Does it Matter if They Fixed the Problem After I got Injured?
This article addresses an evidentiary principle familiar to seasoned personal injury lawyers in Baltimore, As Attorney Eric T. Kirk will tell you.
When repairs are made to a defective condition that has caused an injury, that fact typically never comes out at trial.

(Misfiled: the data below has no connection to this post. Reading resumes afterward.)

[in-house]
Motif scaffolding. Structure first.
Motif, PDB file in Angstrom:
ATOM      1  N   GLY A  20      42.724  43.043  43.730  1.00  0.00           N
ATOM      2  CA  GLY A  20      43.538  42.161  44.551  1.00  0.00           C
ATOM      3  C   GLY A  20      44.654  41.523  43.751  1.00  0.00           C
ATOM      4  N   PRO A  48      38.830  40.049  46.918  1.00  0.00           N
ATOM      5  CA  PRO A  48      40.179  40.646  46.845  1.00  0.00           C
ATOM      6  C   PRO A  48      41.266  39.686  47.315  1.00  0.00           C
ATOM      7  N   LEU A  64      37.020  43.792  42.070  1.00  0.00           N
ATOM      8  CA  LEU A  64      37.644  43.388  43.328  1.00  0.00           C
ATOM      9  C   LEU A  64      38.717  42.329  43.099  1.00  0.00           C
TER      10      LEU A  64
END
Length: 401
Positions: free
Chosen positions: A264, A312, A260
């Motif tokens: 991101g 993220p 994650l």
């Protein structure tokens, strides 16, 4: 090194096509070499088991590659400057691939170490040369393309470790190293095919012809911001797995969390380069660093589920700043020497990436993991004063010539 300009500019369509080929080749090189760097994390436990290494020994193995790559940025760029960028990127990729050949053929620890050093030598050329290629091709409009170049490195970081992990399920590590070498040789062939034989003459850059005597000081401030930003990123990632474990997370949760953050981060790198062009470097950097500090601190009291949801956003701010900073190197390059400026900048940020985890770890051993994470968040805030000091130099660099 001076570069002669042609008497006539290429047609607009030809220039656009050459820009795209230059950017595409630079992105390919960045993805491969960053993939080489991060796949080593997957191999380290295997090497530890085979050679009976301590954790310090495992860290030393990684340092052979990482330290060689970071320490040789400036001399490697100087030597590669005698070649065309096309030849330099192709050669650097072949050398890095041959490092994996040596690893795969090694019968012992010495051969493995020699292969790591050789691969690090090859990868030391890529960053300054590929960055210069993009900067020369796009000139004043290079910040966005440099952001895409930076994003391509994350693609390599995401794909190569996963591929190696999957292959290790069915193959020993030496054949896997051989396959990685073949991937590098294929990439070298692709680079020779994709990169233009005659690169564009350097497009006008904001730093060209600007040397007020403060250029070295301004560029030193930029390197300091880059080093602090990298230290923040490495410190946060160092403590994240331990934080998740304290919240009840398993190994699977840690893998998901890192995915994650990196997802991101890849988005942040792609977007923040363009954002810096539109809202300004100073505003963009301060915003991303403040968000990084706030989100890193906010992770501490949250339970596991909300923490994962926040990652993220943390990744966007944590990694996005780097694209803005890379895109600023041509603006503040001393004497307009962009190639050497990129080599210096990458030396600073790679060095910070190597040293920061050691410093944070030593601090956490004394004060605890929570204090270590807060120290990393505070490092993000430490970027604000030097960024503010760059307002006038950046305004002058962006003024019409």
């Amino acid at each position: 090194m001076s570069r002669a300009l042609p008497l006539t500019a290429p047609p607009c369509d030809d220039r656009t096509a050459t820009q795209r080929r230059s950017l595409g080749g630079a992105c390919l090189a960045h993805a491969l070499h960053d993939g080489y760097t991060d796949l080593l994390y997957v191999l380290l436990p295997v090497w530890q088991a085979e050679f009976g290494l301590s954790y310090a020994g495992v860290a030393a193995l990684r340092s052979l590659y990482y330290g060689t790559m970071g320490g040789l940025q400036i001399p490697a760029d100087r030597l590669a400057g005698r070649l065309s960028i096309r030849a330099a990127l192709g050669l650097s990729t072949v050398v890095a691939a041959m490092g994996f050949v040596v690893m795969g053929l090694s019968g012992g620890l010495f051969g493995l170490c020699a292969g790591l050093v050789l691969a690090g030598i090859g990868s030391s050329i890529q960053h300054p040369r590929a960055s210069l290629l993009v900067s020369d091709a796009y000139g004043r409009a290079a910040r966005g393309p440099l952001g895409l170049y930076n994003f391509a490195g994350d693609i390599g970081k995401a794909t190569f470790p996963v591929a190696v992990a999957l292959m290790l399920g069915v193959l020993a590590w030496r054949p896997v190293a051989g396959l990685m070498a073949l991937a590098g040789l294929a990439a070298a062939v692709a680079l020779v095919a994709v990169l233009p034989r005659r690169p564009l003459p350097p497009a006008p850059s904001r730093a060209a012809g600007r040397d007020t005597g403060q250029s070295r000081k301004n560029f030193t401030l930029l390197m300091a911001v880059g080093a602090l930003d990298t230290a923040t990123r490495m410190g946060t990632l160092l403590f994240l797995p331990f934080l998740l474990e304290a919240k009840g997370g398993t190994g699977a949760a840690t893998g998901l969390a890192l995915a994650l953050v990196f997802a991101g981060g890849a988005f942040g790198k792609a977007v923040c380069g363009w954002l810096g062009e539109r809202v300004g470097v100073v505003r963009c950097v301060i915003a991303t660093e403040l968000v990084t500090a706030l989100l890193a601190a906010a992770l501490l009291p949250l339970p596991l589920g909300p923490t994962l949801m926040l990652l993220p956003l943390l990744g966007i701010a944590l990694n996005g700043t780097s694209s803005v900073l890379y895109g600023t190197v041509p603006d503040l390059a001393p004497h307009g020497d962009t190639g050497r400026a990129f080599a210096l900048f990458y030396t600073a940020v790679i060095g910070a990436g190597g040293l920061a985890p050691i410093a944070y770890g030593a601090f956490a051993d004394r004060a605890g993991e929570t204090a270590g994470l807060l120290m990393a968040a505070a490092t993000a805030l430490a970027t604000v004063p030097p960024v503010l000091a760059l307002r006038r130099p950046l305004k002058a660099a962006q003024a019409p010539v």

Maryland law provides that “subsequent remedial measures” are not relevant [and therefore not admissible] to prove fault or liability. There are exceptions to this rule; evidence of subsequent repairs is admissible to show the defendant had notice; or control of the instrumentality; or to show what the applicable standard of care owed to the plaintiff [e.g. were reasonable precautions, later taken, something that reasonably should have been in place prior to the accident]. It seems like common sense that if someone wiped up a spill, or repaired a stair or railing, right after an individual was hurt, that should be evidence there was a problem. The law does not recognize this, and is perhaps counter-intuitive here. The opposite in fact is true. Evidence of a repair, offered to show there was a problem, is inadmissible. Some commentators have suggested the rationale is that allowing evidence of repair would discourage repair. The law of evidence is often complex. Premise liability cases are typically difficult to prove, and a crucial piece of evidence can often make a huge difference. Indeed, an inability to prove the owner had notice of dangerous condition in time to do anything about it is the downfall of many premises liability cases. If you have such a claim, I’d suggest you consult with an experienced attorney.